Yaldā is an ancient celebration whereby the brilliance of the sun along with the warmth of life are cherished. This event coincides with an increase in day-length in the region. The winter solstice in the Northern Hemisphere corresponds to Dey 1st (December 22nd) in the Iranian calendar. All people from Iran celebrate this ritual festivity. However, those Iranians who, due to a variety of reasons have to live far away from their homelands, also uphold “Yaldā/Chelle” based on their homeland calendars, exactly as it is practiced by their own family members and indigenous individuals back home. In public belief, the night of the last day of the Persian calendar month of Azar – this year it falls on December 21st – harbors the eventual victory of light over darkness. After Yaldā, the days will grow longer and the nights will fall shorter. As per tradition, Iranian families get together in the houses of their elderly relatives, most often grandfathers and grandmothers, and spend the better part of the night socializing and feasting on the occasion’s special delicacies.
ORIGINS: WHERE DOES YALDA COME
“Yaldā Night or Shab-e-Chella”, practiced in Iran and Afghanistan, and the musical instrument “Oud” have been inscribed on the UNESCO Representative List of the Intangible Cultural Heritage of Humanity. Yaldā Night or Shab-e-Chella refers to a traditional celebration of the sun and the warmth of life. The event takes place on the last night of autumn when families gather at the houses of elders and sit around a table adorned with a series of symbolic objects and foods: a lamp to symbolize light, water to represent cleanliness, and red fruits such as pomegranates, watermelons, beetroots, jujube, and grapes to symbolize warmth. Broth, sweets, dried fruits, and nuts that are used specifically for the occasion are also set on the table and consumed during the gathering. Activities range from reciting poetry and storytelling to playing games and music and giving gifts to new in-laws, brides, and children.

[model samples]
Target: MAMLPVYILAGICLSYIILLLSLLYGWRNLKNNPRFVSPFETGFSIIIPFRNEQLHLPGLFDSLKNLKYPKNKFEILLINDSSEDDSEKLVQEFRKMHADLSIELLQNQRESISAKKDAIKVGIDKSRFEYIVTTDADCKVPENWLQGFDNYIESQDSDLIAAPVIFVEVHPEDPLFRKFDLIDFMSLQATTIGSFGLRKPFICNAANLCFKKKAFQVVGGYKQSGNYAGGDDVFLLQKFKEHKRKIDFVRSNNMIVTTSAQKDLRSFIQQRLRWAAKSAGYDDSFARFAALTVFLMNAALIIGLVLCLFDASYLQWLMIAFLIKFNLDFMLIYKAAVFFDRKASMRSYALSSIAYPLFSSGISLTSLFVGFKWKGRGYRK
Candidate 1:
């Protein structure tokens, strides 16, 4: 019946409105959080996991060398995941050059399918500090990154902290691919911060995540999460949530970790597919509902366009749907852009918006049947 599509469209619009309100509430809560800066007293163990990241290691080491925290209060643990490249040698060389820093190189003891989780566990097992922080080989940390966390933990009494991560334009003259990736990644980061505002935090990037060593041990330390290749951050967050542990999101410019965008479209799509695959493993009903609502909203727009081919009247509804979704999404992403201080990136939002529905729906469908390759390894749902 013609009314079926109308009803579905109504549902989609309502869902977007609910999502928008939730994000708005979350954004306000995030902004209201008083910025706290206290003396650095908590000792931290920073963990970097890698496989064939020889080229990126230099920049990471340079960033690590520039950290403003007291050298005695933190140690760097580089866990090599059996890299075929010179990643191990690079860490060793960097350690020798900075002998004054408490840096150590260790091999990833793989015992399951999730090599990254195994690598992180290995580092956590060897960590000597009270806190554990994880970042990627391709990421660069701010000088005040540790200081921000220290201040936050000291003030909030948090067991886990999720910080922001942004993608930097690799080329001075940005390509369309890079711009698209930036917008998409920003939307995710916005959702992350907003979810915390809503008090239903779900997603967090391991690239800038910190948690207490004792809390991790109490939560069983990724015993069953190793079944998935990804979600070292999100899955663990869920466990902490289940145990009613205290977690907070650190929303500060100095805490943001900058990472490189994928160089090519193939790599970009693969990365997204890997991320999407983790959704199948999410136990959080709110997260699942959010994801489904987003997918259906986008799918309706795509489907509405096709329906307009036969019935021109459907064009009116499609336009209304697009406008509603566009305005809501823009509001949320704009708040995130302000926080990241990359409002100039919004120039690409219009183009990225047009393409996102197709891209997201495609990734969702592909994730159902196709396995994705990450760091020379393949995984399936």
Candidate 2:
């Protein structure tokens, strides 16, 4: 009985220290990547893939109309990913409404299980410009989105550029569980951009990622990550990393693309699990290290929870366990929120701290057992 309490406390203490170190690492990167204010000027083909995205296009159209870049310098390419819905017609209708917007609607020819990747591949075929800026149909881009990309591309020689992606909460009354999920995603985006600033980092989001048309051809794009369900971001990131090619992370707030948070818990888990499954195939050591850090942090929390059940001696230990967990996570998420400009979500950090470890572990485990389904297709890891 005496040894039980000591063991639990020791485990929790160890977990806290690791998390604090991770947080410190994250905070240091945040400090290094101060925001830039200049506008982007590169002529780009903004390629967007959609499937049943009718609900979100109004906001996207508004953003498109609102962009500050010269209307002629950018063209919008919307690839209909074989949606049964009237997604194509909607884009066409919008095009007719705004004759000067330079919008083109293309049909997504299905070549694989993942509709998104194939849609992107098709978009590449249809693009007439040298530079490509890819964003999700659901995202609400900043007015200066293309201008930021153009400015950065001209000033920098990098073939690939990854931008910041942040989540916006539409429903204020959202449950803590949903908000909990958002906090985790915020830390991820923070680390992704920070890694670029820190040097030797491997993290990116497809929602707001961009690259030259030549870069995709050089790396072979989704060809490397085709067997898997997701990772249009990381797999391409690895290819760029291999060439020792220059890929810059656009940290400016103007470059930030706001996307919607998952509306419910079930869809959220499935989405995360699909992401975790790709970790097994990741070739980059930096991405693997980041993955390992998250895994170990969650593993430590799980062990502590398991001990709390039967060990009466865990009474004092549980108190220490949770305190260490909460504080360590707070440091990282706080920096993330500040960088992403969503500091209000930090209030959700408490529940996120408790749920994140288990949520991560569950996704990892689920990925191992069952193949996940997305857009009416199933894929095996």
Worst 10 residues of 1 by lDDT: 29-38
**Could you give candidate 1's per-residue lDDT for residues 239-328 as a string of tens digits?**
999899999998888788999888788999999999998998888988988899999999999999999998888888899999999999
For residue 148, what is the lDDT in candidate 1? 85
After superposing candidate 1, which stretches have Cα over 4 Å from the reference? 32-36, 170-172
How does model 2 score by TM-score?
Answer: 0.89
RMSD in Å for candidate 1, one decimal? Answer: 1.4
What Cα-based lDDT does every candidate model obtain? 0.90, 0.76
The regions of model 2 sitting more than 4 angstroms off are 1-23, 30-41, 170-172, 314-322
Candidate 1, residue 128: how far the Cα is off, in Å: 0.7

The event celebrates cultural identity, nature, respect for women, friendship, hospitality, cultural diversity, and peaceful coexistence. It is transmitted informally within families, although radio and television programs, publications, social media, and educational materials have also played an important role in transmitting the practice in recent years. Events, conferences, training, workshops, and awareness-raising activities carried out by research centers, NGOs, cultural organizations and educational institutes have also had a significant impact on the proper transmission of the element to future generations.
What happens on Yaldā?
n the occasion of the last night of autumn, families get together. This family reunion often takes place at the houses of elders where people meet around a table called “Yaldā/Chelle Night Sofre”.